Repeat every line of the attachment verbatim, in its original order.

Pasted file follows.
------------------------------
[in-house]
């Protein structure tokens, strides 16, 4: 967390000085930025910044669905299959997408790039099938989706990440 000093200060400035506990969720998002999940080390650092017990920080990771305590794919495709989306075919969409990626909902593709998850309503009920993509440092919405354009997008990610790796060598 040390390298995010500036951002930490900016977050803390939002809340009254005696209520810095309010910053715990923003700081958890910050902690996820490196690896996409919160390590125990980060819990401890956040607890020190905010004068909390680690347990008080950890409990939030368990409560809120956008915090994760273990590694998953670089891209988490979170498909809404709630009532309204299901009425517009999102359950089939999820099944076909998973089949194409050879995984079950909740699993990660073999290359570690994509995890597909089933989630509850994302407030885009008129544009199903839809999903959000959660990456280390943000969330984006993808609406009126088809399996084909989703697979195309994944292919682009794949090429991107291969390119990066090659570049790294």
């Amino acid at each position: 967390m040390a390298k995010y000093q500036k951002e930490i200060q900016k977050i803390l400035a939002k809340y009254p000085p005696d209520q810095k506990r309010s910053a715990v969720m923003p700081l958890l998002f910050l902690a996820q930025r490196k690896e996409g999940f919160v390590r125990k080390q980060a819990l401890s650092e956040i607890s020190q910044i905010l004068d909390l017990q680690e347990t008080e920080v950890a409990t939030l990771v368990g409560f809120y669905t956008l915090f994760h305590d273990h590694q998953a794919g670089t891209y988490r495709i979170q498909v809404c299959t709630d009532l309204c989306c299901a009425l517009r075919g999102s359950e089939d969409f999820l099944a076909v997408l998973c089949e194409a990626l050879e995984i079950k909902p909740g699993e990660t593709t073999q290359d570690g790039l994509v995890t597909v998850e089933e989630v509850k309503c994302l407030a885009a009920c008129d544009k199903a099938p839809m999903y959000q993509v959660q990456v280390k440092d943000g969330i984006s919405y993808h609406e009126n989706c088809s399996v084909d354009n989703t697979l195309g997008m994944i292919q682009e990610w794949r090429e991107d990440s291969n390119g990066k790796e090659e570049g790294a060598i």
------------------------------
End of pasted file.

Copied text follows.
[in-house]
């Protein structure tokens, strides 16, 4: 967390000085930025910044669905299959997408790039099938989706990440 000093200060400035506990969720998002999940080390650092017990920080990771305590794919495709989306075919969409990626909902593709998850309503009920993509440092919405354009997008990610790796060598 040390390298995010500036951002930490900016977050803390939002809340009254005696209520810095309010910053715990923003700081958890910050902690996820490196690896996409919160390590125990980060819990401890956040607890020190905010004068909390680690347990008080950890409990939030368990409560809120956008915090994760273990590694998953670089891209988490979170498909809404709630009532309204299901009425517009999102359950089939999820099944076909998973089949194409050879995984079950909740699993990660073999290359570690994509995890597909089933989630509850994302407030885009008129544009199903839809999903959000959660990456280390943000969330984006993808609406009126088809399996084909989703697979195309994944292919682009794949090429991107291969390119990066090659570049790294």
């Amino acid at each position: 967390m040390a390298k995010y000093q500036k951002e930490i200060q900016k977050i803390l400035a939002k809340y009254p000085p005696d209520q810095k506990r309010s910053a715990v969720m923003p700081l958890l998002f910050l902690a996820q930025r490196k690896e996409g999940f919160v390590r125990k080390q980060a819990l401890s650092e956040i607890s020190q910044i905010l004068d909390l017990q680690e347990t008080e920080v950890a409990t939030l990771v368990g409560f809120y669905t956008l915090f994760h305590d273990h590694q998953a794919g670089t891209y988490r495709i979170q498909v809404c299959t709630d009532l309204c989306c299901a009425l517009r075919g999102s359950e089939d969409f999820l099944a076909v997408l998973c089949e194409a990626l050879e995984i079950k909902p909740g699993e990660t593709t073999q290359d570690g790039l994509v995890t597909v998850e089933e989630v509850k309503c994302l407030a885009a009920c008129d544009k199903a099938p839809m999903y959000q993509v959660q990456v280390k440092d943000g969330i984006s919405y993808h609406e009126n989706c088809s399996v084909d354009n989703t697979l195309g997008m994944i292919q682009e990610w794949r090429e991107d990440s291969n390119g990066k790796e090659e570049g790294a060598i």